Relationships

Maya’s Red Flags

May 14, 2010

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Maya’s Red Flags

I remember a particular conversation I had with a boyfriend of two years during the second week of our relationship. He was unhappy because I turned down his invitation one night to attend my weekly card game. I remember saying to myself: there is something wrong with this guy. In fact, there was something wrong with me too because I stayed with him for two years and moved halfway around the world to be with him. It took me eight years to get back to where I should have been had I been able to resist him initially. Almost ten years on I am still feeling the impact of that gross error of judgement. In retrospect, the red flags were there. I just chose to ignore them.

In these sorts of situations some sick need is being met by the overbearing lover. The question is, will you take notice before it’s too late and the personal cost skyrockets? Most people turn a blind eye to the signs for a variety of reasons, but mainly because they have a hard time identifying their own feelings. Once they are drawn in, it takes a long time to get out, because it’s never easy to see one is compromising oneself just to avoid a conflict and being alone.

The sad truth is friends care, hours are spent gossiping on the subject, but rarely does anyone actually say the right thing. Granted, getting involved in another person’s private life is tricky. Taking any sort of position is usually inadvisable. Few people want to risk losing the friendship. So what are friends and family for if not to tell us when we are making immensely taxing life-altering decisions? One would think those who love us most have our best interests at heart. One would also think that they will see for us when we cannot see ourselves. Of course they do, but do we listen?

“People like to play house and pretend they are in love, even when they bring out the worst in each other. In reality, this kind of relationship is anything but loving, it is deeply tied to an illusion.”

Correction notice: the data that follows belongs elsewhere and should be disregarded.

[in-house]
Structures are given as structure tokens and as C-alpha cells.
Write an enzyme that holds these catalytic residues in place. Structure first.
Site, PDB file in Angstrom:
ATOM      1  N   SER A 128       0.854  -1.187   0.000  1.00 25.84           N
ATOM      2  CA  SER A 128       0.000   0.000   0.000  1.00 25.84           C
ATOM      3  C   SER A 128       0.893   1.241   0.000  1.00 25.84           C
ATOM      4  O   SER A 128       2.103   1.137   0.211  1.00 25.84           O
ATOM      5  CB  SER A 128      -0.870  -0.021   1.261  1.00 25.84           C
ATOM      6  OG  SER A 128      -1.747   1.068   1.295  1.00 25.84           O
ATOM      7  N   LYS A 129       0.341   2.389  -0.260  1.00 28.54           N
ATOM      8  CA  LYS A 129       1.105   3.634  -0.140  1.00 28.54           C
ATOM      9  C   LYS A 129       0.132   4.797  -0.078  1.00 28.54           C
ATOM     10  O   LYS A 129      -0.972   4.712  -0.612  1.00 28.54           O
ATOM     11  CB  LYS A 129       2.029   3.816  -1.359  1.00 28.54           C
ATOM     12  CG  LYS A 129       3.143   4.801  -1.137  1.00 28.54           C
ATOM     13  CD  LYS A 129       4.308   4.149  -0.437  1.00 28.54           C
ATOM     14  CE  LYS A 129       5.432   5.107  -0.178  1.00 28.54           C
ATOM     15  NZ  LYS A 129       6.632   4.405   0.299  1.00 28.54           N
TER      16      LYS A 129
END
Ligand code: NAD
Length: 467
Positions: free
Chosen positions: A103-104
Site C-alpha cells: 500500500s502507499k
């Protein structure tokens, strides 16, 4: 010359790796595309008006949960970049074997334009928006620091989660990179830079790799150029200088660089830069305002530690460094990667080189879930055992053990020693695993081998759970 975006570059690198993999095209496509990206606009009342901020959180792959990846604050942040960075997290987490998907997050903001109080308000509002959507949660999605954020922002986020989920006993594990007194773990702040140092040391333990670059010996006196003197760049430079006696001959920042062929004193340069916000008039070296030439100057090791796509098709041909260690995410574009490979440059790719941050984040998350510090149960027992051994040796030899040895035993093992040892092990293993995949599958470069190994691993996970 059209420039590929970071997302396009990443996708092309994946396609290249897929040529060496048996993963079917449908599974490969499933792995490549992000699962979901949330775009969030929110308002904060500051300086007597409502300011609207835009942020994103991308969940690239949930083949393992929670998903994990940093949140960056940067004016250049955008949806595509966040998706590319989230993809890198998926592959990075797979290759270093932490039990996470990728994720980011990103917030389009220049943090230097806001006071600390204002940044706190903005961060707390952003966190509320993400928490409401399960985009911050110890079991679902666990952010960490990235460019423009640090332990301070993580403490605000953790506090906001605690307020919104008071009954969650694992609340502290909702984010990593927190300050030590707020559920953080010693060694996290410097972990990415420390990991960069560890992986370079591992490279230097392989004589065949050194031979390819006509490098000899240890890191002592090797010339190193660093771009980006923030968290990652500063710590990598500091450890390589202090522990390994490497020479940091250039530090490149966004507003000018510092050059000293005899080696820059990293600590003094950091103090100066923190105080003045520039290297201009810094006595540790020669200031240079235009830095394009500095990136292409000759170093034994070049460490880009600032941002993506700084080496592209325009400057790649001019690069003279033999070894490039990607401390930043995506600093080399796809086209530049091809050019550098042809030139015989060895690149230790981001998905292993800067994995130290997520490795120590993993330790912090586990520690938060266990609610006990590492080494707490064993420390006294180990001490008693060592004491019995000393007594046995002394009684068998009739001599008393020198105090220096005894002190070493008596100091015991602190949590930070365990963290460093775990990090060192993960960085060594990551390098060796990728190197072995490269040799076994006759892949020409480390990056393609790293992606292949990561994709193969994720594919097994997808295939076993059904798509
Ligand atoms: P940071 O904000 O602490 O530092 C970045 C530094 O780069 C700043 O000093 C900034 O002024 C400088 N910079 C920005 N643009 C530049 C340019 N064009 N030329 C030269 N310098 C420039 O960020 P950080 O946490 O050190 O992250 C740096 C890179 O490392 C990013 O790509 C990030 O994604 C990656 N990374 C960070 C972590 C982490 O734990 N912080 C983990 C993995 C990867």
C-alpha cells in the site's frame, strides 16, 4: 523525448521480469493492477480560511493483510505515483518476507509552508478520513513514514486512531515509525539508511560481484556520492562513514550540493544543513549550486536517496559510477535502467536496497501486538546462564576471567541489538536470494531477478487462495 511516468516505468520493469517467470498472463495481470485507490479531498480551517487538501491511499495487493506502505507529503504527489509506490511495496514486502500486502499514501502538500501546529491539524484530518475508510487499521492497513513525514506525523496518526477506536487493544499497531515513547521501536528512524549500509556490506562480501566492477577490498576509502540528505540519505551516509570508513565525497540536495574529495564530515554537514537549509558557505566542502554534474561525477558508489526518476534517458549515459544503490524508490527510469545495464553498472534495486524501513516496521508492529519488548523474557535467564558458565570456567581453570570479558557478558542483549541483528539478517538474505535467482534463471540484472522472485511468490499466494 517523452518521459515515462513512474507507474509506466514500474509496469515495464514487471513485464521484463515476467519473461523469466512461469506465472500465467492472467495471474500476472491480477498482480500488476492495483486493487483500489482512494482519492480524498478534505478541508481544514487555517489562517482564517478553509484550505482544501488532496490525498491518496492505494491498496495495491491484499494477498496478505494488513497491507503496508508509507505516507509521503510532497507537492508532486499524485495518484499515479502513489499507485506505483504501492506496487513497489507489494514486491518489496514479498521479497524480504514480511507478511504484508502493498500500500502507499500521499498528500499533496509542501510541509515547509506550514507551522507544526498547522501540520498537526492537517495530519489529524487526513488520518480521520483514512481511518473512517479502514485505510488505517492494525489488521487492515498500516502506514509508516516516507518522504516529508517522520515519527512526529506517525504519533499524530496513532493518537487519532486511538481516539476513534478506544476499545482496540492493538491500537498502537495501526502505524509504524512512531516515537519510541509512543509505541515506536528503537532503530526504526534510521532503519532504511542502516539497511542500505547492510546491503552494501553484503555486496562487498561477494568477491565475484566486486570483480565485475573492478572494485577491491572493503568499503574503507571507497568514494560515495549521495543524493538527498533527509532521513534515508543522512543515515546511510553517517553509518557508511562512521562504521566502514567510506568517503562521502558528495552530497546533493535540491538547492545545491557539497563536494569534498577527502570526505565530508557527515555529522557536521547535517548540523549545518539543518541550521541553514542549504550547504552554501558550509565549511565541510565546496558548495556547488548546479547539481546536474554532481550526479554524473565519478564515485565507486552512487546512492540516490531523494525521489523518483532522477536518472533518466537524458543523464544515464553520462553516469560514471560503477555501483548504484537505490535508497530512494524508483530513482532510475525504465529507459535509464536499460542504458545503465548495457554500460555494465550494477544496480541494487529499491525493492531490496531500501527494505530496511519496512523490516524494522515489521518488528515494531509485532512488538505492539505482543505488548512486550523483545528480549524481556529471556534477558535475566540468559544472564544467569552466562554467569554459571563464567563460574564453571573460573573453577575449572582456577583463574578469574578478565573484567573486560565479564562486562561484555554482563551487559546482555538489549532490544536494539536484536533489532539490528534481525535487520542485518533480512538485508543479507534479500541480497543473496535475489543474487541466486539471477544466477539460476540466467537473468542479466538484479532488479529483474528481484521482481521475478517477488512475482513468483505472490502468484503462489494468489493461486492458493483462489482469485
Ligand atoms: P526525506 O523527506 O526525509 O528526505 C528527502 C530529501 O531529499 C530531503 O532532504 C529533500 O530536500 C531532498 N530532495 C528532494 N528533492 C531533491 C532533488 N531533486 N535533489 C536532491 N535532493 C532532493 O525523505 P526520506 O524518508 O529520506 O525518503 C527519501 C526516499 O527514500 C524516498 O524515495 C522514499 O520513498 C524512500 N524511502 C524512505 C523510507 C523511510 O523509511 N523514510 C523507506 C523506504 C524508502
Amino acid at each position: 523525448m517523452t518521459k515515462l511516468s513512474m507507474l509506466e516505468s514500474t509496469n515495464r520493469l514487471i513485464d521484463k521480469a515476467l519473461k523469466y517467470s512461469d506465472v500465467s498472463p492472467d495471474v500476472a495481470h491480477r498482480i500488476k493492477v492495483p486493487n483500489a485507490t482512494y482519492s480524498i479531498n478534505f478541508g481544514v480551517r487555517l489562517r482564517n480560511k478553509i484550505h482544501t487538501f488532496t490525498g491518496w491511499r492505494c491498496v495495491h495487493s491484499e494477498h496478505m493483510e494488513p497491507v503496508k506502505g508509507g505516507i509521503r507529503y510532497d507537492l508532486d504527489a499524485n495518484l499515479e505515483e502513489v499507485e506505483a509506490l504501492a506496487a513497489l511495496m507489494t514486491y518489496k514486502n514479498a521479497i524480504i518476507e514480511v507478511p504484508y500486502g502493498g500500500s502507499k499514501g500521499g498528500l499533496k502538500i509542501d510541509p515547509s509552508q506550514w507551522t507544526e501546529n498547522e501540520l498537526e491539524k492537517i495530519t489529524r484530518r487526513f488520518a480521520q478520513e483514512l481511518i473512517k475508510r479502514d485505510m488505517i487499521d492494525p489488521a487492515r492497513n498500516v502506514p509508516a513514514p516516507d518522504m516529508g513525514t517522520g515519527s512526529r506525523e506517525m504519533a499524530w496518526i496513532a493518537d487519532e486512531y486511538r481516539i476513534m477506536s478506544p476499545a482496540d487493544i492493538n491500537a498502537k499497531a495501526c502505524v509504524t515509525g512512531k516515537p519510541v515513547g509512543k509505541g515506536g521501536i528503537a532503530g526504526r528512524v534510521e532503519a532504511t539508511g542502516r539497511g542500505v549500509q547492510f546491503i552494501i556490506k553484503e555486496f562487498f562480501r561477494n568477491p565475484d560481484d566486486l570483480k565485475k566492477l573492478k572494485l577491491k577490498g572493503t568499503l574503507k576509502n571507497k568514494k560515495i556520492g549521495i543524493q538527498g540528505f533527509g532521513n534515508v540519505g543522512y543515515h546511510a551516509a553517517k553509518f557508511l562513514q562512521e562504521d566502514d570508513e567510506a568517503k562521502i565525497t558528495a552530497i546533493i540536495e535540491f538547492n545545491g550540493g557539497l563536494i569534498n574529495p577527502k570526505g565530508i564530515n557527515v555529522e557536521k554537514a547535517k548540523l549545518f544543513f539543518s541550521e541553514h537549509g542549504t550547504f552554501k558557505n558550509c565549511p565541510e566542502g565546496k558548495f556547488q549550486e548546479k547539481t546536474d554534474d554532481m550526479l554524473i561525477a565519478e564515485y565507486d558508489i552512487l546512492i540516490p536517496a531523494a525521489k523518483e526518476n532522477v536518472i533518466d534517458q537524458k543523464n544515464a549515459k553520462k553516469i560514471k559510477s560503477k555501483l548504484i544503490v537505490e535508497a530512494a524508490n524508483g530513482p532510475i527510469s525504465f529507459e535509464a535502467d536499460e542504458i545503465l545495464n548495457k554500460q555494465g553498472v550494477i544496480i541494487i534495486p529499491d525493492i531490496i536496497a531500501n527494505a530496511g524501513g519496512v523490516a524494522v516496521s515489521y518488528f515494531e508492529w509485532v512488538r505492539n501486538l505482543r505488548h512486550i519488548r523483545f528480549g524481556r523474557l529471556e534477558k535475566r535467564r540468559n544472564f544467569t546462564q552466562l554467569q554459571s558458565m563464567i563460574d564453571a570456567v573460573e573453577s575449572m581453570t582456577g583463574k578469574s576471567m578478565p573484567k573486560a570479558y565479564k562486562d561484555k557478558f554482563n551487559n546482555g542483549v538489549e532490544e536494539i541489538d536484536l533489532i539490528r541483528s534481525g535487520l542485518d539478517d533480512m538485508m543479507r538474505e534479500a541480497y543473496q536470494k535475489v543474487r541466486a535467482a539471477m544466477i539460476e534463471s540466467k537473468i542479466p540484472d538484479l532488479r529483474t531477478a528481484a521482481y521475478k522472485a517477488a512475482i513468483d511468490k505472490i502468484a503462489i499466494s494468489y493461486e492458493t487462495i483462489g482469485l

Several years ago I watched my brother marry a woman we all knew he would be unable to stay married to. The break-up was hard. Living it was probably harder, especially for their kids. Children are never a mistake, but witnessing a whole family suffer is a very painful experience, especially when it could have been avoided. I detach from my feelings on the subject, most of the time, but whenever I see my niece and nephew my heart breaks for them. I feel very strongly that young children should have a close to perfect upbringing.

Currently, a dear friend is in a relationship with the wrong person. Everybody seems to see it but the two people involved. I find it very hard to standby because I know the story all too well. Knowing someone is lost in an unhealthy partnership when they are in their mid-thirties, and likely to marry and have children, puts one in a delicate position. Keeping quiet is complying with something that is infelicitous. Of course how others choose to lead their lives is to a certain extent, none of my business. But isn’t it my duty to help a friend in need regardless of whether or not they realize they are in a damaging situation?

When I got caught up in the bad relationship, I was 25. My friend is 35. Apart from that, the similarities are astounding. One spouse is divisive, jealous, and controlling. To counter the jealousy and the inevitable drama that ensues every time the jealous lover is not the center of attention, the partner bends backwards and forwards to try and avoid a conflict. After an attempt to alter the behavior of everybody but that of the jealous person, the episode happens anyway. This is the pattern, it goes on and on and on until one realizes one is with the wrong person and that no matter what one does, the jealous lover will always be threatened.

The longer one stays, the more one loses oneself, and the harder it is to leave. People like to play house and pretend they are in love, even when they bring out the worst in each other. In reality, this kind of relationship is anything but loving, it is deeply tied to an illusion. Damaged, co-dependent people work this m.o. The red flags get ignored out of naiveté, loneliness, and habit. To get beyond such a situation requires courage, and a strong desire to correct the past. Sadly, we are not all so tough. The kicker is we are often far more forgiving of our lovers than we are of our friends, despite the fact that this rarely works to our advantage.

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